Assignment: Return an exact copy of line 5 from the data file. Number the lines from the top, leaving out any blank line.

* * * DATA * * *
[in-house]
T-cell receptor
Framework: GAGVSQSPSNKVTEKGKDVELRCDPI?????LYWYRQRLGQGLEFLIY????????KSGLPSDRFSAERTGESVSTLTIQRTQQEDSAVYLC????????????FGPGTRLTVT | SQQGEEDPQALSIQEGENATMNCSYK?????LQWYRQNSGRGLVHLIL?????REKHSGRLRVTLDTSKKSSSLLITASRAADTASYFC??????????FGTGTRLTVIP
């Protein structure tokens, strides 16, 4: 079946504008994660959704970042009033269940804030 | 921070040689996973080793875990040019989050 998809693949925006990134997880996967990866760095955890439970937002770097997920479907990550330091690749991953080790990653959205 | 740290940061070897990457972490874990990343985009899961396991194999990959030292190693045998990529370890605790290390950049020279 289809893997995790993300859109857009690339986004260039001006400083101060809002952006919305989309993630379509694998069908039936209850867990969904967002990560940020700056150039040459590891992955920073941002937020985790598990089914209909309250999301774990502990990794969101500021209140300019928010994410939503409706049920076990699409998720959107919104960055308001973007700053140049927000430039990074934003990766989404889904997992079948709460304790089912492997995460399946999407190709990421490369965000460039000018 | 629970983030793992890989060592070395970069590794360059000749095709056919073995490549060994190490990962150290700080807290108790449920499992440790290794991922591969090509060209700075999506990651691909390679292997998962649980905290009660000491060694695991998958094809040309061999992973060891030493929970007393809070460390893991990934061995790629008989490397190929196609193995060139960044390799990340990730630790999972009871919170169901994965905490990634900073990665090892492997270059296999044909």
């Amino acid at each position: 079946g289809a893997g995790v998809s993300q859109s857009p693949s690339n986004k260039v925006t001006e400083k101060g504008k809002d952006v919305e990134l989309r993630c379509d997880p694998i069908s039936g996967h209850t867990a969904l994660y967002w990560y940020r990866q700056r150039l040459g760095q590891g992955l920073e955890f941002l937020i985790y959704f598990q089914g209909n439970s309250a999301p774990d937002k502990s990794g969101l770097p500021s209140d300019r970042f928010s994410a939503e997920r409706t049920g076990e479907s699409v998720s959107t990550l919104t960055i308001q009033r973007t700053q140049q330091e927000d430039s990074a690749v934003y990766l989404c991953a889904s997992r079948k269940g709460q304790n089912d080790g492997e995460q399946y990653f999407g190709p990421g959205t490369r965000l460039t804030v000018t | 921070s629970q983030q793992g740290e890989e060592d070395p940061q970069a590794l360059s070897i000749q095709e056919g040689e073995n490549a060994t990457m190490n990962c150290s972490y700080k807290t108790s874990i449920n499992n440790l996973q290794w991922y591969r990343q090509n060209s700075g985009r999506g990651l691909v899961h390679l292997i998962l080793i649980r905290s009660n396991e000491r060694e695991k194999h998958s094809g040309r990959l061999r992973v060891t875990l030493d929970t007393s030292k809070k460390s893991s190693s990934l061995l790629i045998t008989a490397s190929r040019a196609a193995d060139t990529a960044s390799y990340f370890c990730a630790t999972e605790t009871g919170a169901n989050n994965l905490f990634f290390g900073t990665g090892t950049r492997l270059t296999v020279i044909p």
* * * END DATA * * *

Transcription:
């Amino acid at each position: 079946g289809a893997g995790v998809s993300q859109s857009p693949s690339n986004k260039v925006t001006e400083k101060g504008k809002d952006v919305e990134l989309r993630c379509d997880p694998i069908s039936g996967h209850t867990a969904l994660y967002w990560y940020r990866q700056r150039l040459g760095q590891g992955l920073e955890f941002l937020i985790y959704f598990q089914g209909n439970s309250a999301p774990d937002k502990s990794g969101l770097p500021s209140d300019r970042f928010s994410a939503e997920r409706t049920g076990e479907s699409v998720s959107t990550l919104t960055i308001q009033r973007t700053q140049q330091e927000d430039s990074a690749v934003y990766l989404c991953a889904s997992r079948k269940g709460q304790n089912d080790g492997e995460q399946y990653f999407g190709p990421g959205t490369r965000l460039t804030v000018t | 921070s629970q983030q793992g740290e890989e060592d070395p940061q970069a590794l360059s070897i000749q095709e056919g040689e073995n490549a060994t990457m190490n990962c150290s972490y700080k807290t108790s874990i449920n499992n440790l996973q290794w991922y591969r990343q090509n060209s700075g985009r999506g990651l691909v899961h390679l292997i998962l080793i649980r905290s009660n396991e000491r060694e695991k194999h998958s094809g040309r990959l061999r992973v060891t875990l030493d929970t007393s030292k809070k460390s893991s190693s990934l061995l790629i045998t008989a490397s190929r040019a196609a193995d060139t990529a960044s390799y990340f370890c990730a630790t999972e605790t009871g919170a169901n989050n994965l905490f990634f290390g900073t990665g090892t950049r492997l270059t296999v020279i044909p």